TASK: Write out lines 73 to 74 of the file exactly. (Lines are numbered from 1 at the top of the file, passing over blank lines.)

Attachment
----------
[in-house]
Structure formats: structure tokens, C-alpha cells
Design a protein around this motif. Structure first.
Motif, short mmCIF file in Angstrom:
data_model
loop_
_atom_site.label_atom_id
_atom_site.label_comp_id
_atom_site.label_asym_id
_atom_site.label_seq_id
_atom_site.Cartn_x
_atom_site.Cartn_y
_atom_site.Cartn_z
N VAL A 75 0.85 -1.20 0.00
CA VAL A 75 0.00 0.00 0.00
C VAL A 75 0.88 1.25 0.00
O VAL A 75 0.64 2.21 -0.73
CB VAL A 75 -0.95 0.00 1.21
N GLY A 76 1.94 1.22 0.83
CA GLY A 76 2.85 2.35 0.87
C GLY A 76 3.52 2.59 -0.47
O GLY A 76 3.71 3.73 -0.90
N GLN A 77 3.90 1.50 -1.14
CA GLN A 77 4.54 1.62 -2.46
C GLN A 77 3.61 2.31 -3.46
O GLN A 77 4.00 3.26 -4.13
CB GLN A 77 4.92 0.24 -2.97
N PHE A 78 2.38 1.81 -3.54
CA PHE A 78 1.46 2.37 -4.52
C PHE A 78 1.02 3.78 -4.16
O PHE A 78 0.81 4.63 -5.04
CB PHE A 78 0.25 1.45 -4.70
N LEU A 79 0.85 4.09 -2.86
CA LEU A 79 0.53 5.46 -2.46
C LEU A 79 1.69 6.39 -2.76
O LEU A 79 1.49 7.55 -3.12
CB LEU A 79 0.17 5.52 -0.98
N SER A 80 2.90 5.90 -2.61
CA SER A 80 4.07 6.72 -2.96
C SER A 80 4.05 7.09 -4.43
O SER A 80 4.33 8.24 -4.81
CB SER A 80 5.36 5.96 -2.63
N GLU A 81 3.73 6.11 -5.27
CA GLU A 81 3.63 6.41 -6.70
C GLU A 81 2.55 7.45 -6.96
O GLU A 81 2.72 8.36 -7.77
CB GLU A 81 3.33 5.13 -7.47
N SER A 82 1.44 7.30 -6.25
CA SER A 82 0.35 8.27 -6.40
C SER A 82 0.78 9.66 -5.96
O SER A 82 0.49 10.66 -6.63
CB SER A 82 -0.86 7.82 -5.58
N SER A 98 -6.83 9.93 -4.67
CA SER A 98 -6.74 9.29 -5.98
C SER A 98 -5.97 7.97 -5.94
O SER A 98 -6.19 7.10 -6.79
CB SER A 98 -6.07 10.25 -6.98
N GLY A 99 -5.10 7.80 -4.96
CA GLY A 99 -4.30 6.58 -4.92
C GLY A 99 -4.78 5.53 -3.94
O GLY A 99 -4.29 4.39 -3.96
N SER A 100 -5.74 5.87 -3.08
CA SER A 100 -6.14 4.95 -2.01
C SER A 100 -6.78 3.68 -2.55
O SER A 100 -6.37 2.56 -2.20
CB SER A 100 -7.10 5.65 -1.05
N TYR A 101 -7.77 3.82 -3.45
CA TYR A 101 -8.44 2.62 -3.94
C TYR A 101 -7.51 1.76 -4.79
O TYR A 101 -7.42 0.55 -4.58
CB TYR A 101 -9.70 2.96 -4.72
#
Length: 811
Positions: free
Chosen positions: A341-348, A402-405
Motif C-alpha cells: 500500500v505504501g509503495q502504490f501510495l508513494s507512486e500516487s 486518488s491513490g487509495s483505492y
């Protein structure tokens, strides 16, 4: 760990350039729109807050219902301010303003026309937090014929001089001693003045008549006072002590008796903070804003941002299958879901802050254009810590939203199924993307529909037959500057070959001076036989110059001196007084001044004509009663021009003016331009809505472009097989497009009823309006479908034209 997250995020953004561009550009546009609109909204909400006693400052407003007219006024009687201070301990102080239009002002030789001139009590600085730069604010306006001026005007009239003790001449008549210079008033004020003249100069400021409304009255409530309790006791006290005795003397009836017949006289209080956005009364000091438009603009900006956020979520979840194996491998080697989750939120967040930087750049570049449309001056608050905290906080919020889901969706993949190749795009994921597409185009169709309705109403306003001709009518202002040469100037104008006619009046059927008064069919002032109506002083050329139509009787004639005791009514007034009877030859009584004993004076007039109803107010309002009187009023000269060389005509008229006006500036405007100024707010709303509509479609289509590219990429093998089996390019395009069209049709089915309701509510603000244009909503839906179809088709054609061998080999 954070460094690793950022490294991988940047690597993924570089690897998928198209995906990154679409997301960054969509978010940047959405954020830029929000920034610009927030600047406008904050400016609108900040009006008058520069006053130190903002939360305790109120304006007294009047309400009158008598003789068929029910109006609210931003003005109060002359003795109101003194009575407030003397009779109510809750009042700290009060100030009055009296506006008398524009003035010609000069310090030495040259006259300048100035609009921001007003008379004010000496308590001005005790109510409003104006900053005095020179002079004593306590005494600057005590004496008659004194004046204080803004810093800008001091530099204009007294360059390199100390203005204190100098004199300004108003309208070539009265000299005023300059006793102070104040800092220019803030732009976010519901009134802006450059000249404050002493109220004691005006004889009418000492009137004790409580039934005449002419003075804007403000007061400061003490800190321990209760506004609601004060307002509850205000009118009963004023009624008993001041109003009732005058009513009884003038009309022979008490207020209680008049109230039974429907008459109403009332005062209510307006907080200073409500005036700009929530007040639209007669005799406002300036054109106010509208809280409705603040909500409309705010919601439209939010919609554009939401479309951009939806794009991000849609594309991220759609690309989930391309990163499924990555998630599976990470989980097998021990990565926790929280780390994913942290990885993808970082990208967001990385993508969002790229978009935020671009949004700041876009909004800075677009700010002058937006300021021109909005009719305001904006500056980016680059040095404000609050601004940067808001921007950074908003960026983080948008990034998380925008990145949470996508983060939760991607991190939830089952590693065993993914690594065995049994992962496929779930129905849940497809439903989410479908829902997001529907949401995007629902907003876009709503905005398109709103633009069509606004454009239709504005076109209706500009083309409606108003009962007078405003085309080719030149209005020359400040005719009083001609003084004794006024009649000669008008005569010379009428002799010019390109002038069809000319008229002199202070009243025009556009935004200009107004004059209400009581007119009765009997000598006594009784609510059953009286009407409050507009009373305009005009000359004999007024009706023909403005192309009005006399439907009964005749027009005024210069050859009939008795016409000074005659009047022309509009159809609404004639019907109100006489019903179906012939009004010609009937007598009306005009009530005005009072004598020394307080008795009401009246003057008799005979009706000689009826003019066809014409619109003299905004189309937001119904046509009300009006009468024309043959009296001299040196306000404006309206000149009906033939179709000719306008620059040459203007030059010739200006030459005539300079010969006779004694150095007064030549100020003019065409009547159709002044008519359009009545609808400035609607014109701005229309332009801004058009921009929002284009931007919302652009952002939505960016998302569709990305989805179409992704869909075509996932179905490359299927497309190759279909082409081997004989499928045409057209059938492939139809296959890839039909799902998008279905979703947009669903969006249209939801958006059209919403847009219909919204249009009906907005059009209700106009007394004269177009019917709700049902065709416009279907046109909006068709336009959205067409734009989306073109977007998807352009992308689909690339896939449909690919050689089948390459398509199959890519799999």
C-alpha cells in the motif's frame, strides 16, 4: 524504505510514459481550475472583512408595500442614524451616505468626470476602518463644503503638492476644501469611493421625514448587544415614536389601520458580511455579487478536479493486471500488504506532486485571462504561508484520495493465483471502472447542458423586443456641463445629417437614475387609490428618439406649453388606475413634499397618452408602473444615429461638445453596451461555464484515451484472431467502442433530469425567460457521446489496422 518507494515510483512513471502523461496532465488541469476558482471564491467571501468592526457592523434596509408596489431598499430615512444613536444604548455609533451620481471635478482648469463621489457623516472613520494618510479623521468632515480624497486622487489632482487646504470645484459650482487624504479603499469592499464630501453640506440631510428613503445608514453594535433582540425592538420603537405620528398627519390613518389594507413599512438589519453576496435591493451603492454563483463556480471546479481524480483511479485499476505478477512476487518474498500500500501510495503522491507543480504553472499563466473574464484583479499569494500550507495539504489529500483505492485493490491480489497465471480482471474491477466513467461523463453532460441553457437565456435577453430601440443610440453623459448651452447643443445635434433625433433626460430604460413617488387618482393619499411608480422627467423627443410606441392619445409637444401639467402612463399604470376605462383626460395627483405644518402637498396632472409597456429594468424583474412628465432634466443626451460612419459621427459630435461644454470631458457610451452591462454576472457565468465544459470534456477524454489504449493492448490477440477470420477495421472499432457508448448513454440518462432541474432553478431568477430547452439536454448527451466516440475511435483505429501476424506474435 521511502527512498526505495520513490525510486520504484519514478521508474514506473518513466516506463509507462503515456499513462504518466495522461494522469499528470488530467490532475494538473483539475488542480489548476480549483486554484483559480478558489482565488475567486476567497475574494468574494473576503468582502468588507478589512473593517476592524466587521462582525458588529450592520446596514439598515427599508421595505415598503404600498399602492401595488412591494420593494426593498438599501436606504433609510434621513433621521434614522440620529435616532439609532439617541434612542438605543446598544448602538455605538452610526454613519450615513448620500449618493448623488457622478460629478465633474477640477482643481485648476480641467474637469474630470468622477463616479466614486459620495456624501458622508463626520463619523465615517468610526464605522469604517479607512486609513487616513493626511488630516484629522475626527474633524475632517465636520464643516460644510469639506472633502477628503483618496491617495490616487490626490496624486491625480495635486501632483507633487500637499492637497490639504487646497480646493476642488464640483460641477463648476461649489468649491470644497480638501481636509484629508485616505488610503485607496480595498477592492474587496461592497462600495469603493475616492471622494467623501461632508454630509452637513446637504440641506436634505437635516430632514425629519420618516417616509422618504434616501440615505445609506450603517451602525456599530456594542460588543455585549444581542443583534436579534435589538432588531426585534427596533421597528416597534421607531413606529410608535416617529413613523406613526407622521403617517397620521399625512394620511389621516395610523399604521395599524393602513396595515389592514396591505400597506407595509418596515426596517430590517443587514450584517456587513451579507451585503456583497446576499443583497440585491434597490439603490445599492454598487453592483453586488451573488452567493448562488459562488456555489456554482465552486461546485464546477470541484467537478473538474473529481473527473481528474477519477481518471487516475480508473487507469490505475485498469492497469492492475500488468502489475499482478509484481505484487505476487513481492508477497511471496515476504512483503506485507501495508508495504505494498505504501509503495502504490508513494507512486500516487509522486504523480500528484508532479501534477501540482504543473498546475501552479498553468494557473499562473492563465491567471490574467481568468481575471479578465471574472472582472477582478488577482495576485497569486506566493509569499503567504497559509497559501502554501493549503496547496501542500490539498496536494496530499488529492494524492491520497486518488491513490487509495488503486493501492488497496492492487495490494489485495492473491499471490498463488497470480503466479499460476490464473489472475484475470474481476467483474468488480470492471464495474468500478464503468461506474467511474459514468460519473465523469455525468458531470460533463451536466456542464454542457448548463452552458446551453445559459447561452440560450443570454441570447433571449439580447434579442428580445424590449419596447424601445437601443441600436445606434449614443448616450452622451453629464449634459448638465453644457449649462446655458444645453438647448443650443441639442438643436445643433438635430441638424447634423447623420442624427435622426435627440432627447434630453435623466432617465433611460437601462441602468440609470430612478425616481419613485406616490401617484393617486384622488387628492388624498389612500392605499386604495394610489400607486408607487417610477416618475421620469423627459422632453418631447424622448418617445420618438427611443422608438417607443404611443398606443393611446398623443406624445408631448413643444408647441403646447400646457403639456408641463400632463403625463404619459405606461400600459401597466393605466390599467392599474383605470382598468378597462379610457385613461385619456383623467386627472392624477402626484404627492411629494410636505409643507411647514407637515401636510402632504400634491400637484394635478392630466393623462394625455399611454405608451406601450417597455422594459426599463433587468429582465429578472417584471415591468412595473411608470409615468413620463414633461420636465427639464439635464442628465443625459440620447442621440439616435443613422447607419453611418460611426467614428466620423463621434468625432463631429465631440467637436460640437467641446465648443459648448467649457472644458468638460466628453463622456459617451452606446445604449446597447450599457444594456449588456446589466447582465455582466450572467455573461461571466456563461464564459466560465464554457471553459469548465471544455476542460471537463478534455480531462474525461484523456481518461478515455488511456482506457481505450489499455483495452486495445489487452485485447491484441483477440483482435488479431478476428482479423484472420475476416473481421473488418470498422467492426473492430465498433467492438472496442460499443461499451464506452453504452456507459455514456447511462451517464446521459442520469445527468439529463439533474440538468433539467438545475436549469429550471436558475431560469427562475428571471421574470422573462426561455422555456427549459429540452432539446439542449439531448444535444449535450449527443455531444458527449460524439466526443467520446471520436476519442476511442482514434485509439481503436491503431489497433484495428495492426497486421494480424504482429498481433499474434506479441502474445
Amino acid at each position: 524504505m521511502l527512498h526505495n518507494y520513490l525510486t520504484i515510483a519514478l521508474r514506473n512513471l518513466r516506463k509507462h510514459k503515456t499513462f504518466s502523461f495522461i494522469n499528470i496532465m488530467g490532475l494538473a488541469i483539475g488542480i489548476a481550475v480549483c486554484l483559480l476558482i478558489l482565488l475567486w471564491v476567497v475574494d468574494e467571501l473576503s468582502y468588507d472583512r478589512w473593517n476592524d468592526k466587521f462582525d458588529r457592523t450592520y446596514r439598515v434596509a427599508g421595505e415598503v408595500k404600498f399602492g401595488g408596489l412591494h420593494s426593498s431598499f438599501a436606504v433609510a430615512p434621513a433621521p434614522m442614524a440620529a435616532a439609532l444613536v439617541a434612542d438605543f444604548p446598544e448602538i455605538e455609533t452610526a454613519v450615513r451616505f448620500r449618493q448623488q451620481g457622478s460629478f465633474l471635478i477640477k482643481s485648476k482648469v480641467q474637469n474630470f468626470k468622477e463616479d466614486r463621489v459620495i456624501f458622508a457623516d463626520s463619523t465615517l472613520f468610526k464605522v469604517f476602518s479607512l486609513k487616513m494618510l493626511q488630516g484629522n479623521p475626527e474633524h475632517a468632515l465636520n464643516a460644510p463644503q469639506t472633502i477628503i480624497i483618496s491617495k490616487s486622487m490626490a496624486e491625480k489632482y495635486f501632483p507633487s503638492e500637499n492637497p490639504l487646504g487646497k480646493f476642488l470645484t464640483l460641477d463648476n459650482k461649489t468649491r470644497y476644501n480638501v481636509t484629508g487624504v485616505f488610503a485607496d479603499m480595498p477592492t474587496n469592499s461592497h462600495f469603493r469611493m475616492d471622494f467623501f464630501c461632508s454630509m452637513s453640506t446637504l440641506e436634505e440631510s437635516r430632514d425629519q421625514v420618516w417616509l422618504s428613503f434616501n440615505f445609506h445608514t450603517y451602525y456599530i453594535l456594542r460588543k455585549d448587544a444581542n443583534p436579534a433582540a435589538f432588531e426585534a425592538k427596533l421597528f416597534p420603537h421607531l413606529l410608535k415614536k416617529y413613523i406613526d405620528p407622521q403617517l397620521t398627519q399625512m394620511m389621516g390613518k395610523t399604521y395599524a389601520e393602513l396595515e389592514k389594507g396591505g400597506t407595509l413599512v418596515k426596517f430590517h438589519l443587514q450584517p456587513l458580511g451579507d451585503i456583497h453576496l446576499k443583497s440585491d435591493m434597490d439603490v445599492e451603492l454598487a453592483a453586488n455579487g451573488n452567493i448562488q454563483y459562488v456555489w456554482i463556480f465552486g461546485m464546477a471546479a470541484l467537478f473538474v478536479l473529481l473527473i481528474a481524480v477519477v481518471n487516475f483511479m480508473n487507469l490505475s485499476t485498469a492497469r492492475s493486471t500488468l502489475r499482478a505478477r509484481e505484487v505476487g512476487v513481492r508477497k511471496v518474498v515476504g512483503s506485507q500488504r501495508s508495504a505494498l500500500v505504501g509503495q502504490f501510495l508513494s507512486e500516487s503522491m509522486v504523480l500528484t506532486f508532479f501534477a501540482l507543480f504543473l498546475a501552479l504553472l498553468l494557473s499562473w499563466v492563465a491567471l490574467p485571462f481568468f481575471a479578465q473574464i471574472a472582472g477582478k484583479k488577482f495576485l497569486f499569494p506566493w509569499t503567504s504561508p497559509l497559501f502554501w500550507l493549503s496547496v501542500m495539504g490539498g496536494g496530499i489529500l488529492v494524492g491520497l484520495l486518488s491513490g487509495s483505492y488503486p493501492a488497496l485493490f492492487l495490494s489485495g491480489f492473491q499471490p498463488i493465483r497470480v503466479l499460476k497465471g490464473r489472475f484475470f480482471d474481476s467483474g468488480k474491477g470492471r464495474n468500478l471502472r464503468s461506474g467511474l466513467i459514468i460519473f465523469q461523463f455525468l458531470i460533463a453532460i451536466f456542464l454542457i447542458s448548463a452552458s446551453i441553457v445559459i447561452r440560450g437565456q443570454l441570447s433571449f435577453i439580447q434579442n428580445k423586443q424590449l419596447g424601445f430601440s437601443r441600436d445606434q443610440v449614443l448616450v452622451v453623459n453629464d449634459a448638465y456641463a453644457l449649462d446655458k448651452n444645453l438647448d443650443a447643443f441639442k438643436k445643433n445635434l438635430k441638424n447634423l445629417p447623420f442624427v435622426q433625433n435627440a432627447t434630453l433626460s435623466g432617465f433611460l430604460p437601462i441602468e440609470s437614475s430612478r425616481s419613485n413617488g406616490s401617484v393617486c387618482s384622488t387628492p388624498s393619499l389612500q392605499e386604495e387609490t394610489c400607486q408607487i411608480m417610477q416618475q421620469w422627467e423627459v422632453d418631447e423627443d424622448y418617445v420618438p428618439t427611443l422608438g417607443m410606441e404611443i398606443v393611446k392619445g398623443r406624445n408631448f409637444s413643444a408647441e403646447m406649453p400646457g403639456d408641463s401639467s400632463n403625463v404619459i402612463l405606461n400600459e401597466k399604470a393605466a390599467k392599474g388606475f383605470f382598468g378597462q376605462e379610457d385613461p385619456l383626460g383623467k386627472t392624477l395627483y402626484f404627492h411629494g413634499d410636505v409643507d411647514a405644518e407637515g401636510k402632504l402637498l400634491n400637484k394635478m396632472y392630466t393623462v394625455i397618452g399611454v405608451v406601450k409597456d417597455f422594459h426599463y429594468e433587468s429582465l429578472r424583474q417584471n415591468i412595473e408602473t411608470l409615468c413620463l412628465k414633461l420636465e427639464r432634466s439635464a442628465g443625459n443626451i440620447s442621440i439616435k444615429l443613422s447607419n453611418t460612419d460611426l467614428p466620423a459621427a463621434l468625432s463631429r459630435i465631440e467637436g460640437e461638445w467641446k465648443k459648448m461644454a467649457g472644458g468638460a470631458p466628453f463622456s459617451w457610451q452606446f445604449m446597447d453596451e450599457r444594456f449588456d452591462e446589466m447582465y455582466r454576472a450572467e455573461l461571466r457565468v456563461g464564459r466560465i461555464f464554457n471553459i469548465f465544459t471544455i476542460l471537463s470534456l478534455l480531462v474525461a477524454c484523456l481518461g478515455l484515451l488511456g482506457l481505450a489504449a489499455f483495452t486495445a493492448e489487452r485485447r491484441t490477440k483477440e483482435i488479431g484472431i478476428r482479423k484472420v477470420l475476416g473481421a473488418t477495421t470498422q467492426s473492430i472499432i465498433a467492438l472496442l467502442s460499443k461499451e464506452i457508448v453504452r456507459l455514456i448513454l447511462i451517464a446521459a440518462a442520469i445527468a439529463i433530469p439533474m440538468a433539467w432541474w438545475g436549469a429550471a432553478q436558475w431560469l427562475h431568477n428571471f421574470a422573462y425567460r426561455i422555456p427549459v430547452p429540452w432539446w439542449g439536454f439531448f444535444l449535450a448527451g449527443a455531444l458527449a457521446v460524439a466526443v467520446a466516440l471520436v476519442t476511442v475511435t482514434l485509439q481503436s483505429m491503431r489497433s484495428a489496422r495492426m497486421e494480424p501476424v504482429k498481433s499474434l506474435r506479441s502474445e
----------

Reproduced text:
Length: 811
Positions: free